Wednesday, May 20, 2015
Local School Bans Homemade Lunches
Local School Bans Homemade Lunches
Students will no longer be allowed to bring their own lunches, as that gives them an "unfair advantage" over students who don't.
Tim Russet Potato
School may be out for the summer, but once school doors re-open this fall, students will have to leave their brown paper bags and lunch boxes at home and learn to stomach cafeteria food.
The school board recently approved a controversial measure to ban homemade school lunches, setting cafeteria lunches as the default for all public school students.
This countywide moratorium on homemade lunches will prevent students from bringing their own from home, and instead require them to rely on their school cafeteria for their meals.
The decision to implement this measure was inspired by a new study from Ivory Towers University in England, which claims that students who have their lunches packed by their parents have an “unfair advantage” over those who don’t.
According to the professor who conducted the study, Yorick Khaee, children who eat school lunches prepared by their parents tend to have overall better grades and health, and as such, “unfairly disadvantage” children who have their meals served from the school cafeteria.
“I don’t think parents packing their children lunches should constantly have in their minds the way that they are unfairly disadvantaging other people’s children, but I think they should have that thought occasionally,” Khaee said.
Kahee’s findings on school lunches reflect that of a fellow colleague of his, Adam Swift, at the University of Warwick, who recently expressed similar sentiments about children whose parents read bedtime stories to them, claiming that those children receive an “unfair disadvantage” over others.
“Evidence shows that the difference between those who get bedtime stories and those who don’t – the difference in their life chances – is bigger than the difference between those who get elite private schooling and those that don’t,” Swift said.
Superintendent Tolkien Head, upon reading Khaee's study on school lunches, determined to have its findings translated into school policy in an effort to improve his school district’s grades.
Over the past five years, overall grades throughout the county have seen a steady decline. As such, any measure, regardless of how controversial, that would help curtail this decline should be implemented as soon as possible, Head said.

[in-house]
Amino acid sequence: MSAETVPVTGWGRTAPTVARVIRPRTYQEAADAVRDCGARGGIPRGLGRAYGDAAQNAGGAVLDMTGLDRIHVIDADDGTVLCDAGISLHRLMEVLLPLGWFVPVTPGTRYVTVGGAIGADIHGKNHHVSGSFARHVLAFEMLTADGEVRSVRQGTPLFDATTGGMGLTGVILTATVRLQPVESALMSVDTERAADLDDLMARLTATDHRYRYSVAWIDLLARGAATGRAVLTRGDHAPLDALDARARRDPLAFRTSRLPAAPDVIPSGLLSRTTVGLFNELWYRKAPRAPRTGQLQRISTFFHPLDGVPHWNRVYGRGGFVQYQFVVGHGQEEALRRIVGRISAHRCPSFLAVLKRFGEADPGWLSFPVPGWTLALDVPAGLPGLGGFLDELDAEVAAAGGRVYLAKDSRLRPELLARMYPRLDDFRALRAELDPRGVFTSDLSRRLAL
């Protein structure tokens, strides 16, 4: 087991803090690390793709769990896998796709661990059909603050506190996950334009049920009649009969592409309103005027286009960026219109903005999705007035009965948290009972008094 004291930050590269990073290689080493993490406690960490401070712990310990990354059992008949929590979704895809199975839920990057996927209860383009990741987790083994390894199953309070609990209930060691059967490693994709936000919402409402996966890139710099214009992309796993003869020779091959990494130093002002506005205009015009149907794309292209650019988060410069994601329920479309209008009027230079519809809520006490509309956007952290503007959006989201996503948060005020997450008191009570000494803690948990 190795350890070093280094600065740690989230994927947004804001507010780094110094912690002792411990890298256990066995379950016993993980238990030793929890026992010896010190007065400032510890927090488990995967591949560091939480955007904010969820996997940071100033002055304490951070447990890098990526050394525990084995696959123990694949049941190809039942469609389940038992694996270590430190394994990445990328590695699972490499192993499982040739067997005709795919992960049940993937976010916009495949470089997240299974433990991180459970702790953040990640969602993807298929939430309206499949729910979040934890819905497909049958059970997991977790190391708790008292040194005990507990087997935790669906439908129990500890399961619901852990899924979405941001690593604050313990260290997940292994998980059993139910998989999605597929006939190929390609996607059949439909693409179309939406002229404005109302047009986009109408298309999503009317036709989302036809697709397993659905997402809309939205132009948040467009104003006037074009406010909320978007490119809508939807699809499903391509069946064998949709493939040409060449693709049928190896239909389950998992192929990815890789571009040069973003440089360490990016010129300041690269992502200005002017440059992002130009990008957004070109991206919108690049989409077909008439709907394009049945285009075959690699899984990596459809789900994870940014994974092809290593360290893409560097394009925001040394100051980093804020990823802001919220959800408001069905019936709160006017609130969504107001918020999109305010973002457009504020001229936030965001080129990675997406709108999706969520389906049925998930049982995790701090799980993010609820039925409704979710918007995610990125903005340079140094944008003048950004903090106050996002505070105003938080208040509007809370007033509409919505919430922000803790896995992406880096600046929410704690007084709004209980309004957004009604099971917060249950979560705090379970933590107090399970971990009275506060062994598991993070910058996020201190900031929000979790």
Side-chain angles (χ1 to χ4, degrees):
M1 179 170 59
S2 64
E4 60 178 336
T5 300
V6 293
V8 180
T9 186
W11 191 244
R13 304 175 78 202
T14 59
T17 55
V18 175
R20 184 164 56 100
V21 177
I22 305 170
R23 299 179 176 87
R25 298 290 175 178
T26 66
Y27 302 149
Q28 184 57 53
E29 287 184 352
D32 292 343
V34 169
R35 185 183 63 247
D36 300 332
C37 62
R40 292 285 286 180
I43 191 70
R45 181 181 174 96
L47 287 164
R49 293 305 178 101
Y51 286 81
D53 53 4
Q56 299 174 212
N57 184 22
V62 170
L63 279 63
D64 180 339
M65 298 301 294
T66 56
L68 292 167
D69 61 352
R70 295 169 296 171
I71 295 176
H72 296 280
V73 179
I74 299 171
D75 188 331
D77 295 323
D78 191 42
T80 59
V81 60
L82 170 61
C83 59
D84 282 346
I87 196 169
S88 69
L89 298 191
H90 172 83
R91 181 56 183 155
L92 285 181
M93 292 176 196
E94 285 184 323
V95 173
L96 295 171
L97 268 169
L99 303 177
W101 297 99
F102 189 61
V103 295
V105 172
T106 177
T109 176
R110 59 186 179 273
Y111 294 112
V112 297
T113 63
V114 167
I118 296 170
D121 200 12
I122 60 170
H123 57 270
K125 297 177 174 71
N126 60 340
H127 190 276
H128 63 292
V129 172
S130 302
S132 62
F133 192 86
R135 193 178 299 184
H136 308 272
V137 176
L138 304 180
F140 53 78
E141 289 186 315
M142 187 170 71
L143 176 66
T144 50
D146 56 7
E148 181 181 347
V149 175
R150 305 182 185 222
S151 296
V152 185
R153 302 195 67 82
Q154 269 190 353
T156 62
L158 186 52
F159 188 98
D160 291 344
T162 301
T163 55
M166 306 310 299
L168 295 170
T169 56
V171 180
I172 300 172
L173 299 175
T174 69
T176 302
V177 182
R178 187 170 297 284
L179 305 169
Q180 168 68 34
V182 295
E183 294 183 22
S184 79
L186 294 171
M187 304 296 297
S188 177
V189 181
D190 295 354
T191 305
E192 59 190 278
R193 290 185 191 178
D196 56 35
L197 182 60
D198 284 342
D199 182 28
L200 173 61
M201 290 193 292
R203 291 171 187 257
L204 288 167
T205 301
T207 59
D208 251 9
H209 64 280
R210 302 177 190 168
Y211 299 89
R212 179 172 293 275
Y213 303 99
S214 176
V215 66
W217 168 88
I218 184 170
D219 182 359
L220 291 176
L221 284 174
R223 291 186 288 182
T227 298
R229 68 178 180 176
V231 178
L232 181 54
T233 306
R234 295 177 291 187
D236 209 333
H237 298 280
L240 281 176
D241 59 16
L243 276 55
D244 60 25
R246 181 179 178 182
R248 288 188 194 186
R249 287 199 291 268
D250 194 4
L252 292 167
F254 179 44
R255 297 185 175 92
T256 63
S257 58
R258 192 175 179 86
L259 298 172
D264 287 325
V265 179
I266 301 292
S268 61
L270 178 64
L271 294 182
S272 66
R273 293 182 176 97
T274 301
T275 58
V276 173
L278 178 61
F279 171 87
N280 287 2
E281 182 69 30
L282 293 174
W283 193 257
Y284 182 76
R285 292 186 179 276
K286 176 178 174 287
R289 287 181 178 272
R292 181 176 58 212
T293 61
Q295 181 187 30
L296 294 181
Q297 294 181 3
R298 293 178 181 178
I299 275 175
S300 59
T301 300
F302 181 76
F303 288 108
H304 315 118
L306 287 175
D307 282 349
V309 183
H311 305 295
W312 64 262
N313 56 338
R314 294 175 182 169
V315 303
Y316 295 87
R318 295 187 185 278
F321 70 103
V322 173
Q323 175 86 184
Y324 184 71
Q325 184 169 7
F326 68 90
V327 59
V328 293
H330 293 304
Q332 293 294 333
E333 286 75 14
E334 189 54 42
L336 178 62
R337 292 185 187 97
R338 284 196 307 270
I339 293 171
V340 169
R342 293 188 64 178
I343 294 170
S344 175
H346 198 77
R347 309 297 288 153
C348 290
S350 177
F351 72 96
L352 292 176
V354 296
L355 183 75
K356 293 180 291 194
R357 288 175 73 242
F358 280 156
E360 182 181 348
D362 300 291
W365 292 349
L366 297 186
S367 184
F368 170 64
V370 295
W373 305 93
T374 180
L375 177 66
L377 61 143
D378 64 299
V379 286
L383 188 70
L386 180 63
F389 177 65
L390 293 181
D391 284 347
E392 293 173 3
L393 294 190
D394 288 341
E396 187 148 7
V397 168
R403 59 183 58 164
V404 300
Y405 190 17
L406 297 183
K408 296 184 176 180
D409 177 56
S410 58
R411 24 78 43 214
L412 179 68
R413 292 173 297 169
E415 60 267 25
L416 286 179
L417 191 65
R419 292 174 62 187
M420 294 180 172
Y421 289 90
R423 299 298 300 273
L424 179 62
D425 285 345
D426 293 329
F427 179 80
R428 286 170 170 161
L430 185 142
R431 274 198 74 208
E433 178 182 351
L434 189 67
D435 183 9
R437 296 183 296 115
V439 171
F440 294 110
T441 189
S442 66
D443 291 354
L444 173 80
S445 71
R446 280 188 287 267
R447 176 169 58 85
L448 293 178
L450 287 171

“When you think about it, it all makes sense: when children are well-fed, they tend to be healthier, and healthier children tend to have better grades,” Head said. “So it only makes sense that, in order for all children to have better grades, they all have to receive the same lunch, and you can’t have that when some children receive better lunches than others.”
The controversial measure has sparked outrage among both parents and students, who have argued that the quality of cafeteria food within the school district has declined through a combination of budget cuts and Michelle Obama’s lunch reforms.
For many students across the county, it’s quite common for their school lunches to consist of still-frozen peas, apple sauce made from spoiled apples, and “mystery meat casserole” made from ingredients that have yet to be classified by science.
One elementary school cafeteria became popular among its students for serving a variety of 15 different vegetables and freshly-baked bread for their daily lunches, but the school was ordered by the municipality to cut back on its quality, as it was deemed “unfair” to schools with lesser quality.
The Daily Bungle
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Side note: the very last example of the school ordered to stop making better lunches actually happened in Sweden. Seems like most leftists these day are for banning anything that may give children an "unfair" advantage", whether it's better school lunches, private schools, or even bedtime stories. Seems like their version of "equality" isn't about giving others equal opportunity to better themselves, but rather handicaping those who are already better off. Winston Churchill said it best when he called socialism "the equal sharing of misery."